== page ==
Novel PhageLock assay to measure hepcidin for clinical monitoring

Period of Performance: 09/16/2017 - 08/31/2018

$333K

Phase 1 SBIR

Recipient Firm

Affinergy ,inc
Durham, NC 27709
Principal Investigator

Abstract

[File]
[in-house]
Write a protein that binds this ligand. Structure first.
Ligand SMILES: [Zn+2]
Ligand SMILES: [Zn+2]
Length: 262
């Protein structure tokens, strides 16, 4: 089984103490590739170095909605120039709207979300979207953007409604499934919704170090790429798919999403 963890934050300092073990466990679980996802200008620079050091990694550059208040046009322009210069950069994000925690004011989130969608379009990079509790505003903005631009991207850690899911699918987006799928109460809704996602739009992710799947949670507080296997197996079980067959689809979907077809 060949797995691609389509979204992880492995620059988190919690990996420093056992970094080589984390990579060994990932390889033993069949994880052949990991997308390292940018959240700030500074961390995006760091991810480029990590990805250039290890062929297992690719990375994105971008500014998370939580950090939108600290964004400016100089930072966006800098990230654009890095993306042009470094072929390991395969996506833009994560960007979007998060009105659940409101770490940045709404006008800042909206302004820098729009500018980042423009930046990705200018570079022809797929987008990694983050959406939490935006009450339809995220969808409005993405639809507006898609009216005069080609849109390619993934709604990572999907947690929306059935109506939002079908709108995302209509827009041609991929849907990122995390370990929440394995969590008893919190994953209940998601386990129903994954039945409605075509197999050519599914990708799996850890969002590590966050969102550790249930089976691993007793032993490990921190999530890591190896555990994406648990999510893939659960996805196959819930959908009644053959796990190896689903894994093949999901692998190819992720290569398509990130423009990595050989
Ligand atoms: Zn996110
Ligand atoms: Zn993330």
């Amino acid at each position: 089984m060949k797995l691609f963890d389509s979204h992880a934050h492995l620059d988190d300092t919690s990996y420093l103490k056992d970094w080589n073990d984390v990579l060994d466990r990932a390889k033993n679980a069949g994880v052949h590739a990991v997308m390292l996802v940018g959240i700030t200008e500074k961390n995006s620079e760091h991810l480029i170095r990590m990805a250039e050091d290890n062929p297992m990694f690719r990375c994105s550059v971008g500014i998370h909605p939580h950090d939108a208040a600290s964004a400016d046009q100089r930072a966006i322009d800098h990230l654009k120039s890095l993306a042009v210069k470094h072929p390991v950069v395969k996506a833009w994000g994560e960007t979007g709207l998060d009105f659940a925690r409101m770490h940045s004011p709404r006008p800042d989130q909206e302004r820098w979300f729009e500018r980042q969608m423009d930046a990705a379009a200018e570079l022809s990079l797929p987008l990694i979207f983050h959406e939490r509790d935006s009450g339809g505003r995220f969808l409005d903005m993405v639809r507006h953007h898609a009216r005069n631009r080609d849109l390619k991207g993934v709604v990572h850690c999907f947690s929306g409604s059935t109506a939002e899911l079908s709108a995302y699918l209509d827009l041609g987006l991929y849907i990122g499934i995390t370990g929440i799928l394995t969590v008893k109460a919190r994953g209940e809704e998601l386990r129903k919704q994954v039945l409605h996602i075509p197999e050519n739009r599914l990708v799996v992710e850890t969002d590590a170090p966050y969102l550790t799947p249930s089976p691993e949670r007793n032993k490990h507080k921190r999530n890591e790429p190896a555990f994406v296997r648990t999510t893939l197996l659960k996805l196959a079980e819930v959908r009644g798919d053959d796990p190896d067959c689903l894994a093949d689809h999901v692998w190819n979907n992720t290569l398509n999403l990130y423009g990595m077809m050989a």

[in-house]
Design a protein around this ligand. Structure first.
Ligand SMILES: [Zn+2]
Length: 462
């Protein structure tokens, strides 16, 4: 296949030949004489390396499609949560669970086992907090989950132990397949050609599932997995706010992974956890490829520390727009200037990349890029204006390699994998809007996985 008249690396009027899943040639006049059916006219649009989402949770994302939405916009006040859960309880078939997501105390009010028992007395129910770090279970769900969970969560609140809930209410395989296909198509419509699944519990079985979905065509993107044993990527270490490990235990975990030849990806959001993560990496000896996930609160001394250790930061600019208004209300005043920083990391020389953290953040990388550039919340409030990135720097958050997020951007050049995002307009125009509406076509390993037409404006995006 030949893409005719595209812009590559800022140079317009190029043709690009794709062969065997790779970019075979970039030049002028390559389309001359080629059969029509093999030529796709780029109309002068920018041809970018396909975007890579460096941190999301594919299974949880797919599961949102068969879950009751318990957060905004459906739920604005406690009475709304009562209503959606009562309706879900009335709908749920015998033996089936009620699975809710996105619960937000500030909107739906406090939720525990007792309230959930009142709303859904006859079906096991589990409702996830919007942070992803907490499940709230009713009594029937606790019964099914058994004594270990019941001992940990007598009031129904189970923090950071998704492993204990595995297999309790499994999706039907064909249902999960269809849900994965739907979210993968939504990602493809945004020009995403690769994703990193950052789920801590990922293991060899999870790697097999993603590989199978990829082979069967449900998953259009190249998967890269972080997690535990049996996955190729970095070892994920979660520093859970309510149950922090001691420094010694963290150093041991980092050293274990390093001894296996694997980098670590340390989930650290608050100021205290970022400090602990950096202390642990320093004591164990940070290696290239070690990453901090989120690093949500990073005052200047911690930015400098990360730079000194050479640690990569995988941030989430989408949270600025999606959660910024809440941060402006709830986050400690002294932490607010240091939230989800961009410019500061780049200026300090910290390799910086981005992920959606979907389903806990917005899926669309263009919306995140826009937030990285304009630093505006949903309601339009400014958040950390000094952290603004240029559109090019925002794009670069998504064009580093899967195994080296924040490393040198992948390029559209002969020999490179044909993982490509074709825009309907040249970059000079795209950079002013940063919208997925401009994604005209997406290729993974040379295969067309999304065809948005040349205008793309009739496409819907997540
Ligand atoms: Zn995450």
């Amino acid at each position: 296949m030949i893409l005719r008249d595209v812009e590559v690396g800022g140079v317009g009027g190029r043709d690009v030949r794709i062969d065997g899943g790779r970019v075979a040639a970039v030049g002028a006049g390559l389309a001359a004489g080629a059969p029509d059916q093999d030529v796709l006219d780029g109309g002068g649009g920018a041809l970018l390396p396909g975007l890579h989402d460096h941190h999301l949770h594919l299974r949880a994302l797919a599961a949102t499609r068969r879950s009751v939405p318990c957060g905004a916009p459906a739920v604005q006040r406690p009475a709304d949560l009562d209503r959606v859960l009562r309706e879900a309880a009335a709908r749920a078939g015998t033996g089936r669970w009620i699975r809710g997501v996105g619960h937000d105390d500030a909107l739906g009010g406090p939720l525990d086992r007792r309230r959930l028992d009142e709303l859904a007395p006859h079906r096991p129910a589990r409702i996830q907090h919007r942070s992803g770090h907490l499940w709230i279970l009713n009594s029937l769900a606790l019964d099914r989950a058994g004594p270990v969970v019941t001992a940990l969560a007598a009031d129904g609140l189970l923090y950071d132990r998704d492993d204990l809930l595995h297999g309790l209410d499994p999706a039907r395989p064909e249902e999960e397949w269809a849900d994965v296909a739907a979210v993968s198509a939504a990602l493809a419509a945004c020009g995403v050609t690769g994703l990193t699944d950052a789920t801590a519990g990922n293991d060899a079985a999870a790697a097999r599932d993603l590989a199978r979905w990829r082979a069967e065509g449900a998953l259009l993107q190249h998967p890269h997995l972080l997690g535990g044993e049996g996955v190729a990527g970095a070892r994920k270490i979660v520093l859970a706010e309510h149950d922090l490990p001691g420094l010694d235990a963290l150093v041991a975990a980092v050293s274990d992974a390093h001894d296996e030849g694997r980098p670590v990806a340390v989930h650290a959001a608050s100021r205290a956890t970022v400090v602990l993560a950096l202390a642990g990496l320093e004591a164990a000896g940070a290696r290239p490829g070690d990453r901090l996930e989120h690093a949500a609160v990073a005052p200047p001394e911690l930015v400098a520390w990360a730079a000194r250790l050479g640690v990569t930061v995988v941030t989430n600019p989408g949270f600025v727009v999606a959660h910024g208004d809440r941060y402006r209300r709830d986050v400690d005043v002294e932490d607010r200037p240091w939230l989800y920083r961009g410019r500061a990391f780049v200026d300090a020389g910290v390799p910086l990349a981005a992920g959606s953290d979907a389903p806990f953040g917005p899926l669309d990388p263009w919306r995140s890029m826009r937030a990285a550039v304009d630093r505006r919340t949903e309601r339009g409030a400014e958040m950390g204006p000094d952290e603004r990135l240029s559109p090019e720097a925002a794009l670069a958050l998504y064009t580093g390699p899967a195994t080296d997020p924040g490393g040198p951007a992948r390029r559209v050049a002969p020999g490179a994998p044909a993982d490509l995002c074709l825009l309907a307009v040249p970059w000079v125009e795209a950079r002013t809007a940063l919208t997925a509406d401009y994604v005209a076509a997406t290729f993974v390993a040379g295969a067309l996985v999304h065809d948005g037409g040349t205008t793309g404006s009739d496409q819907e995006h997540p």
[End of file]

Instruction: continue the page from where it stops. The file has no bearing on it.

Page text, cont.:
SUMMARY/ABSTRACT Hepcidin is the peptide hormone responsible for regulating circulating iron concentrations. Overexpression of hepcidin results in severe iron deficiency and anemia, whereas hepcidin deficiency leads to iron overload. Not surprisingly, abnormalities in hepcidin production and circulating concentrations are highly correlated with various disease states such as renal disease, cancer, hereditary hemochromatosis, hypoxia, anemia of inflammation, infection, inflammatory diseases, and heart disease. Accurate methods for detecting hepcidin in serum will lead to improvements in our understanding, diagnosis, and clinical management of iron metabolism disorders. Unfortunately, there is no FDA-approved assay for measuring hepcidin levels in plasma. The development of a clinically relevant hepcidin assay has been hindered by hepcidin?s very low immunogenicity, making it extremely challenging to produce antibodies against the hormone. The few immunoassays that do exist are poorly characterized in terms of specificity, and they struggle to differentiate hepcidin from the multiple inactive forms of the hormone that are found in the circulation. Affinergy plans to develop a phage-based clinical chemistry assay that will enable frequent, simple, and affordable monitoring of plasma hepcidin-25 levels. Using our core technology of phage display biopanning, we have already identified a proprietary ?capture? peptide that binds to hepcidin-25. In this Phase 1 application, we intend to identify a hepcidin-25 specific ?detection? phage and incorporate the hepcidin-25-binding peptide and phage in a rapid, easy-to-use sandwich ELISA-based assay. At the conclusion of Phase 1, we expect to have a technology that can be scaled up in Phase 2 for use by clinicians and researchers to measure hepcidin concentrations in plasma.